As Internet Crap Spreads, Jobs in eSanitation Sprout

WESTLAND, Mass.  It’s Sunday night, and three women are sitting at a bartop table at the Coach ‘n Squire, the local faux-colonial watering hole in this western suburb of Boston.  A man from an adjacent table approaches and asks if he can use an unoccupied bar stool, and Alison Woiwode places her hand on the seat to indicate that it’s saved.

“Sorry, we’re waiting for our friend,” Woiwode says with a smile.  “She’s got some serious dishing to do.”

The man nods and moves on, and the three women burst into greetings when they see Chloe Swurz, a recent divorcee who made her tentative first step onto the over-50 dating scene last night.

After sincere if slightly excessive alcohol-enhanced hugs and kisses are exchanged all around, Swurz sits down to a pre-ordered glass of Chardonnay and is bombarded with questions.

“Everybody check your bottle–somebody’s got mine.”


“So?  What was he like?” asks Ann Fortran, heiress to the computer program language fortune.

“Well,” Swurz says, blushing noticeably, “he was very sweet.”

“That’s good,” Norma Ellison says.  “You said he worked in tech?”

“Sorta,” Swurz says, and her air changes from open and friendly to abashed.

“What company?” Woiwode.

“You probably haven’t heard of it,” Swurz says.

“I know most of them,” Fortran says before taking a sip of her pinot grigio.  “Try me.”

“It’s uh, I forget,” Swurz replies.

“So what does he do?” Ellison asks, genuinely curious but nonetheless painting her friend into an uncomfortable conversational corner.

“He’s . . . he’s,” Swurz begins, but her voice fades and she begins to sob, quietly at first, but then loud enough so that heads with ears containing hearing aids turn.

“I’m sorry,” Ellison says, as she pats her friend on the back.  “I didn’t mean to put you on the spot.”

“He’s . . . an eSanitation Engineer,” Swurz finally succeeds in blurting out.

“A . . . what?” Fortran asks.

“You know those little garbage icons on your computer screen?”

“We’ve got 20,000 gallons of confessional poetry coming down the sluice.”


“Yes?” Swurz’s friends say in unison.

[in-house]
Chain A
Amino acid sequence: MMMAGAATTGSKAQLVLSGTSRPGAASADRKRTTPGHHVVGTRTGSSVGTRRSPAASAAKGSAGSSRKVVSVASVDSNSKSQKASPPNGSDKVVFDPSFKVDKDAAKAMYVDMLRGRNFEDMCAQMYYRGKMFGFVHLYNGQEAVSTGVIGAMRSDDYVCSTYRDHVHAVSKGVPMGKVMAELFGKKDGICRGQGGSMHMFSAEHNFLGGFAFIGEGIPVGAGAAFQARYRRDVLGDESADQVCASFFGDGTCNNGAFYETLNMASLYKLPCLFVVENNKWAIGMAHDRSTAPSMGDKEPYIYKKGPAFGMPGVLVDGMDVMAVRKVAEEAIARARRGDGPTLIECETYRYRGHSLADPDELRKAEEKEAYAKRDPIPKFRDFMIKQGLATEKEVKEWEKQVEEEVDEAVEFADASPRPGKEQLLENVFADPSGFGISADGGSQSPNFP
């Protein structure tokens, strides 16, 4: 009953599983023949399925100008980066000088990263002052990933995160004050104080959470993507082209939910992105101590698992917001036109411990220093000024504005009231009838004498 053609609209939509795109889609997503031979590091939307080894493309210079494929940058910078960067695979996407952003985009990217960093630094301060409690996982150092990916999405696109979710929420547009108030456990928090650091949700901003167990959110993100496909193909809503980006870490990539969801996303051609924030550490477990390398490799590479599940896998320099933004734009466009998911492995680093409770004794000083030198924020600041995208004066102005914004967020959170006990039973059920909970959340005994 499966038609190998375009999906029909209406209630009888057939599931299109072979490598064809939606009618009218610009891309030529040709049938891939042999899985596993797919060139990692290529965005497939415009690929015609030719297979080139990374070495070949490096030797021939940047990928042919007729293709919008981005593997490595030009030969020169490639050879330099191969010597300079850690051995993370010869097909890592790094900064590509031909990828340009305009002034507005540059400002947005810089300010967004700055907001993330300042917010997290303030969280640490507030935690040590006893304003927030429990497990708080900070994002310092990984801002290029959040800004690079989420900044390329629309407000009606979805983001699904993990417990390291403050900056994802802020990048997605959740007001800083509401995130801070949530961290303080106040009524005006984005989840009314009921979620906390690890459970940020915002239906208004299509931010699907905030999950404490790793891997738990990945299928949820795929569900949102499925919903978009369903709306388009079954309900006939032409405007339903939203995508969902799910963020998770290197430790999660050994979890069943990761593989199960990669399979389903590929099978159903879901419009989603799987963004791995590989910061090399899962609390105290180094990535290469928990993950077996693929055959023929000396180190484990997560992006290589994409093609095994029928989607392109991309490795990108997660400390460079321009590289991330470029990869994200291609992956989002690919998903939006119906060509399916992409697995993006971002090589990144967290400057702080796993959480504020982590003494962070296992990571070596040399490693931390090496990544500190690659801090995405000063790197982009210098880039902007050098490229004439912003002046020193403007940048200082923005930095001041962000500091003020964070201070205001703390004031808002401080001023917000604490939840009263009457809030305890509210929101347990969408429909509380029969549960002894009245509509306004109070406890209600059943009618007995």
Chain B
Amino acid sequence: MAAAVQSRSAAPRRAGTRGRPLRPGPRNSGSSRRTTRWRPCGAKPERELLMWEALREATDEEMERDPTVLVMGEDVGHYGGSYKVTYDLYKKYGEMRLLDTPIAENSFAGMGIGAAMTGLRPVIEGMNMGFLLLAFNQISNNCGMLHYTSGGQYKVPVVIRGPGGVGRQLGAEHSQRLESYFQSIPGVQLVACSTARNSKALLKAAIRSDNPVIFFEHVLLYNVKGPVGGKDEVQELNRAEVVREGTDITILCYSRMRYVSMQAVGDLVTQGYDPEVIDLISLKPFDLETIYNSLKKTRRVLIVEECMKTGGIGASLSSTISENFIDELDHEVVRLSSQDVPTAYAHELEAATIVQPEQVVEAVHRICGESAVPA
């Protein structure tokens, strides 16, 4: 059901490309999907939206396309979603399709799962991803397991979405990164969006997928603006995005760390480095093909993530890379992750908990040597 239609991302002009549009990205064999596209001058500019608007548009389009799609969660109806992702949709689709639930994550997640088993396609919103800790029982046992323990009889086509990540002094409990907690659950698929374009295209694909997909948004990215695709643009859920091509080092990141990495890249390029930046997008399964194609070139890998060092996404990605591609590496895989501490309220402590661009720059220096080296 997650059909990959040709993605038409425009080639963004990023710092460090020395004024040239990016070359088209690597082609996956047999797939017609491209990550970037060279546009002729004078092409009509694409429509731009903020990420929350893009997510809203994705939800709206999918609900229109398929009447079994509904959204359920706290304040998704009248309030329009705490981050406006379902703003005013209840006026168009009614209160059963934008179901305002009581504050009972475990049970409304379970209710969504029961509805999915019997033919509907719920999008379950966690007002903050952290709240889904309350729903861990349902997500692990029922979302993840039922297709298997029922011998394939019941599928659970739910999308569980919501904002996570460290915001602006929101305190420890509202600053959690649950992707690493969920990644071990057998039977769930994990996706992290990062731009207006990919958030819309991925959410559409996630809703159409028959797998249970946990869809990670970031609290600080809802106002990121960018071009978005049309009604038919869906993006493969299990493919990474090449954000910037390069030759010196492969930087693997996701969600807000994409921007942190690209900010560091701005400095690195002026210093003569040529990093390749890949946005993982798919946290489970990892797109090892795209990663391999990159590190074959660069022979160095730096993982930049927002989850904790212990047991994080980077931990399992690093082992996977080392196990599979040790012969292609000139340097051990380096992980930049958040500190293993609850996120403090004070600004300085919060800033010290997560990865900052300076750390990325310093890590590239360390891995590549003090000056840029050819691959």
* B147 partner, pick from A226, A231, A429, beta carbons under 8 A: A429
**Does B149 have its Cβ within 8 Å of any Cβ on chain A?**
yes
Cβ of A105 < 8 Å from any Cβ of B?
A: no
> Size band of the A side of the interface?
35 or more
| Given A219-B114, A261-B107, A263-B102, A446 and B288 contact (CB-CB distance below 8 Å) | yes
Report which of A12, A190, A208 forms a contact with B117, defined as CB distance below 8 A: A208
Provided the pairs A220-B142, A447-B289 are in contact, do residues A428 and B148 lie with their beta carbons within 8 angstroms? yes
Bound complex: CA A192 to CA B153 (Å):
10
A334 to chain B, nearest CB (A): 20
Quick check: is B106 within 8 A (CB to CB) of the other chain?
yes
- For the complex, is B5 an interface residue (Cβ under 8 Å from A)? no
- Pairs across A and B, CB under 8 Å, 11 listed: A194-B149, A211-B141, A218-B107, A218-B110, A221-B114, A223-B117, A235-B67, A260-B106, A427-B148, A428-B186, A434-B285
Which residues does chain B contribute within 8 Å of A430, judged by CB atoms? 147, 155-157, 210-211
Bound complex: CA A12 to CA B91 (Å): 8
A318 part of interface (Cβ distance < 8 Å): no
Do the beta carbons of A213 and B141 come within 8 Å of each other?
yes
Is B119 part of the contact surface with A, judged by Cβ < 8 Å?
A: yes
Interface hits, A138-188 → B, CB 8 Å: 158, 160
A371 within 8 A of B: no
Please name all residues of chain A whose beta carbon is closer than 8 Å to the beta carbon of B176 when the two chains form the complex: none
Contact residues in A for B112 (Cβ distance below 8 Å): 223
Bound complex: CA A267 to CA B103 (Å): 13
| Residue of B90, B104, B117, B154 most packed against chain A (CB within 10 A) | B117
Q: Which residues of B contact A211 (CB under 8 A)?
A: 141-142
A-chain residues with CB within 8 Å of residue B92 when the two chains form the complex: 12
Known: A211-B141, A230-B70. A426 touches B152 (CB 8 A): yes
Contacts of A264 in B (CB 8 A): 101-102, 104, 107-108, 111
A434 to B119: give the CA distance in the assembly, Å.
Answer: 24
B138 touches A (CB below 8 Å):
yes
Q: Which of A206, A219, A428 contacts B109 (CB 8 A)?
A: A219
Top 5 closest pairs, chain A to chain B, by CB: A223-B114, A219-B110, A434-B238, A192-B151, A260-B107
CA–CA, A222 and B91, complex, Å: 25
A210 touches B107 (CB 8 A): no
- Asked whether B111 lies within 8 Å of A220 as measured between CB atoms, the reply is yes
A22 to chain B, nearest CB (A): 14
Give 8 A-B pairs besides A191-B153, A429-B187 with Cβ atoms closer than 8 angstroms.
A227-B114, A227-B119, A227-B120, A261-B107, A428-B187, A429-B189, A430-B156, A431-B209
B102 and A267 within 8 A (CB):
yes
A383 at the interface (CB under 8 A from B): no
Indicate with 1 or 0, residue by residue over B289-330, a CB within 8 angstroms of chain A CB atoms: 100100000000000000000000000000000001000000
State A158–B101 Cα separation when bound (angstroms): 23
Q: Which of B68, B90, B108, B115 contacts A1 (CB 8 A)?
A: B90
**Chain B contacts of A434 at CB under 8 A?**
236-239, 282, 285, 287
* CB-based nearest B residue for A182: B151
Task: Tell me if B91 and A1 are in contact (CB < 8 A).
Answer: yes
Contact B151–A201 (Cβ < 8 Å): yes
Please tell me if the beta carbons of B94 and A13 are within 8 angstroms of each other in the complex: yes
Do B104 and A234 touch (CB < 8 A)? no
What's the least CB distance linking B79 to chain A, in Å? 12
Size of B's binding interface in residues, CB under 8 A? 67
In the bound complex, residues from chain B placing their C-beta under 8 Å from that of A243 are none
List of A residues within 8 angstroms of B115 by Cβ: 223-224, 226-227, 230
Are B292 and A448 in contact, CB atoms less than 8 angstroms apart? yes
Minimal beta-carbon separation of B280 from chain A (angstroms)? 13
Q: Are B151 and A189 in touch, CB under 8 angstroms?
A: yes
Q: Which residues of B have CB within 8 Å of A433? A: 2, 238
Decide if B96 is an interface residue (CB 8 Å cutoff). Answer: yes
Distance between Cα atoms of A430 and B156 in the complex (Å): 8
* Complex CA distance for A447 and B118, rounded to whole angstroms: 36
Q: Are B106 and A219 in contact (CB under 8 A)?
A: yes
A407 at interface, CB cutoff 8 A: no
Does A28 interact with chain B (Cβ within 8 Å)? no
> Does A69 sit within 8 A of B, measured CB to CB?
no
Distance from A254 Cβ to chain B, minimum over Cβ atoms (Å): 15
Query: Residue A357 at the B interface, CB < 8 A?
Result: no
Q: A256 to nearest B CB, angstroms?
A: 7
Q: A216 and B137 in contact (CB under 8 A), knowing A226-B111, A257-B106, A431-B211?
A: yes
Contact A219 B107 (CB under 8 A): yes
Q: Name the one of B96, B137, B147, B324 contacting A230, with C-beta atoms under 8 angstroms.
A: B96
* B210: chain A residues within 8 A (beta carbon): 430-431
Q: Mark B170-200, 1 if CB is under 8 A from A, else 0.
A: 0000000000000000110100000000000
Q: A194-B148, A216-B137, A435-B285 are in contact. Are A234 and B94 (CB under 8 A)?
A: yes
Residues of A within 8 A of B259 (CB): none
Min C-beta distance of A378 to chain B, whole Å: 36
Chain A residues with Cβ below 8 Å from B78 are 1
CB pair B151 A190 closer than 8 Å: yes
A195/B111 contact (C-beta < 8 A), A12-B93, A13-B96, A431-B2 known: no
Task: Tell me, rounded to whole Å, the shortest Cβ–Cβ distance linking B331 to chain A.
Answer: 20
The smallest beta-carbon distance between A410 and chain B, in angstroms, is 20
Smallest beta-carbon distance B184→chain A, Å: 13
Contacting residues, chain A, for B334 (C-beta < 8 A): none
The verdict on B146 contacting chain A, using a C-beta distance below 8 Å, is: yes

“Well, all that e-crap has to go somewhere, and Larry–that’s his name–he’s an engineer at the Middlesex County eWaste Disposal Facility.”

“That’s nothing to be ashamed of,” Fortran says in tone not quite drained of the haughty air her inherited wealth gives her.  “Somebody’s got to do it.”

“If he works for the County that means he’ll retire early with a good pension,” Woiwode says.

“And they get lots of holidays,” Ellison chimes in.

“Thanks, that’s all very nice, but you’re just being kind,” Swurz says as she dabs at tears with a tissue.  “My first time out, and I end up with a guy who gets his hands dirty all day handling pictures of Bigfoot and UFOs and Kardashians and web searches for heavily-sequined baton twirlers.”

A dying art.


Swurz’s disdain for an “unclean” profession is the latest manifestation of a long-standing prejudice that is found around the world, with sanitation workers confined to formal lower castes in India and Asia, and informal cultural boundaries standing in their way in Europe and the Americas.  The stereotype persists even though the refuse handled by the newest generation of garbage men is intellectual, rather than physical.

“Your stereotype of a garbage man as Ed Norton on The Honeymooners is passe,” says labor sociologist Hyman Kreutzer of New York’s Social Science Institute.  “Those guys had to wear gloves to prevent cuts from cans and bottles, your new high-tech sanitation worker has to wear special oxy-acetylene goggles to block poisonous rays from selfies of chicks in their bathrooms.”

After a few glasses of wine Swurz is feeling better, although not yet resigned to a second date with “Larry,” whose educational credentials include bachelor’s and master’s degrees in computer sanitation engineering.  “I’m gonna aim higher,” she says, having been bucked up by her girlfriends’ encouragement.  “Maybe an emailman.”

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